15 Vc bat in a year , It s should be the lost for a season, often a turn.
 
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Bob A

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This whole blocking the trail thing has me thinking that this is too much of an exploit. The game treats it as one big tunnel, that you have to be able to walk out of cleanly in order to get "onto the map."

But in reality, that is not what the trail is at all. In a variant from a magazine (posted here in the files, I think) it is really just more map (with better roads/trails/paths/whatever being built) to bring down supplies and troops. The NLF player should be able to fight its way "off the trail" since the trail in the game is just an oversimplification of off map movement, each box representing a certain number of hexes that just don't happen to exist in the game.

They are able to fight on the actual trail and move through enemy units (at higher MP cost), but they are not allowed to do the same to get off it?

That just doesn't make sense.
I think I would want to make a rule against that in future games.
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Randy Knight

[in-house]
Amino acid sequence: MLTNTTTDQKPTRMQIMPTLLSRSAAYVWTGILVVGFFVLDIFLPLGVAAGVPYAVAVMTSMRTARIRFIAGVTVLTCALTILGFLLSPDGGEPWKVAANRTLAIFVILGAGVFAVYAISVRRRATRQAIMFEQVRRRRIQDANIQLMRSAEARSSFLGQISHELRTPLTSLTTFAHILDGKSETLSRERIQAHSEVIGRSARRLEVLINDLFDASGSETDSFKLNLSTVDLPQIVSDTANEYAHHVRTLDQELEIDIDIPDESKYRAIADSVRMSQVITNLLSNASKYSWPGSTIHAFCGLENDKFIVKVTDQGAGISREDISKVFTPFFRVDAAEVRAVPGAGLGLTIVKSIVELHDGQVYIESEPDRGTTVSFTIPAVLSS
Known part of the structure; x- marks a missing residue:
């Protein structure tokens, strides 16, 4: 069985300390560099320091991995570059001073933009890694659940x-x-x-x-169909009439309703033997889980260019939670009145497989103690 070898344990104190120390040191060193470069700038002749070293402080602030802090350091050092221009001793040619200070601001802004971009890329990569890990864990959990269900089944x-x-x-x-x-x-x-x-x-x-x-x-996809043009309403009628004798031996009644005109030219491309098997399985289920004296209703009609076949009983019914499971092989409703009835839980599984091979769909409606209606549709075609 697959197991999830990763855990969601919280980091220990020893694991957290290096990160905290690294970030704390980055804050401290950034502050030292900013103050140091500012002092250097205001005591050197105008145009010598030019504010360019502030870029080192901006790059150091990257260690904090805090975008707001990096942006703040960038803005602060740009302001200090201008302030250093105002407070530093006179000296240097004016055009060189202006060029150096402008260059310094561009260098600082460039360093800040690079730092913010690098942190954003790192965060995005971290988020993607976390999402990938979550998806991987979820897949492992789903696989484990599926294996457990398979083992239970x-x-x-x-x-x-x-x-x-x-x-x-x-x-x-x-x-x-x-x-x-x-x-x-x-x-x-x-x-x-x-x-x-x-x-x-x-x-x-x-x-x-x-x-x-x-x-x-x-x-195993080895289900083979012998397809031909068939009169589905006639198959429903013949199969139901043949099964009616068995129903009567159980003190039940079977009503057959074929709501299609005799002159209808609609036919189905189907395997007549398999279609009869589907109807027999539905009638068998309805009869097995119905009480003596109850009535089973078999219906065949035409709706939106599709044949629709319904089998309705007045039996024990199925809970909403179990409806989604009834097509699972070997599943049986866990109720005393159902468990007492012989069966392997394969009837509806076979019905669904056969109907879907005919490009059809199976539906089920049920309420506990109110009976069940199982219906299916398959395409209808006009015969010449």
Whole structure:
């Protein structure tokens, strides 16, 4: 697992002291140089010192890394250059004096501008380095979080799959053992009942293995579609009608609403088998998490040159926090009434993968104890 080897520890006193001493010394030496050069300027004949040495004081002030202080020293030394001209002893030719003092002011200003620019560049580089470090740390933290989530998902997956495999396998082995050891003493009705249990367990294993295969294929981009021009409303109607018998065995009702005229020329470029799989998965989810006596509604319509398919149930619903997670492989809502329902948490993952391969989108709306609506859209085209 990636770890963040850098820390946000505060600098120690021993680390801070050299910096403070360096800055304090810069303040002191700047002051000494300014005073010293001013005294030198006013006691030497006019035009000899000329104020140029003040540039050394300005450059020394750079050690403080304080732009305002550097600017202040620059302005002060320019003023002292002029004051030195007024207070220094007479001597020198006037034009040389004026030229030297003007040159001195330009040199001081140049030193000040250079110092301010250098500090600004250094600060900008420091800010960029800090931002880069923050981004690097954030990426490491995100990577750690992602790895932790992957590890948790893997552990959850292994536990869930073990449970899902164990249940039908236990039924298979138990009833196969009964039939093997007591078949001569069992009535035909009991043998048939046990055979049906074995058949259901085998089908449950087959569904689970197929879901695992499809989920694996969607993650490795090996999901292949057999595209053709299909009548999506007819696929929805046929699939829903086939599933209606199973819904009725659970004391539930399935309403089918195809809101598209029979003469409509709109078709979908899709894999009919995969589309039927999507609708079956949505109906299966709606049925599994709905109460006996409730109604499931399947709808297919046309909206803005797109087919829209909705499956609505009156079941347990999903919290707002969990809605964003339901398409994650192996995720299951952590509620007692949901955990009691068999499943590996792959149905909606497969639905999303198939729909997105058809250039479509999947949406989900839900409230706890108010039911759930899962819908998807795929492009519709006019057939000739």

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Patrick, the numbers of VC lost each year were probably about normal. I think the numbers listed per year are the actual Morale bonus granted to the U.S., which indicates that every season on average more than 30 VC battalions were destroyed.

So for the year 1966, there were at least 140 VC battalions destroyed, the "4" is the cumulative US morale gained for the VC battalions over 30 per season that were destroyed/ dispersed.

Randy
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Randy Knight
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mrboba1 wrote:
This whole blocking the trail thing has me thinking that this is too much of an exploit. The game treats it as one big tunnel, that you have to be able to walk out of cleanly in order to get "onto the map."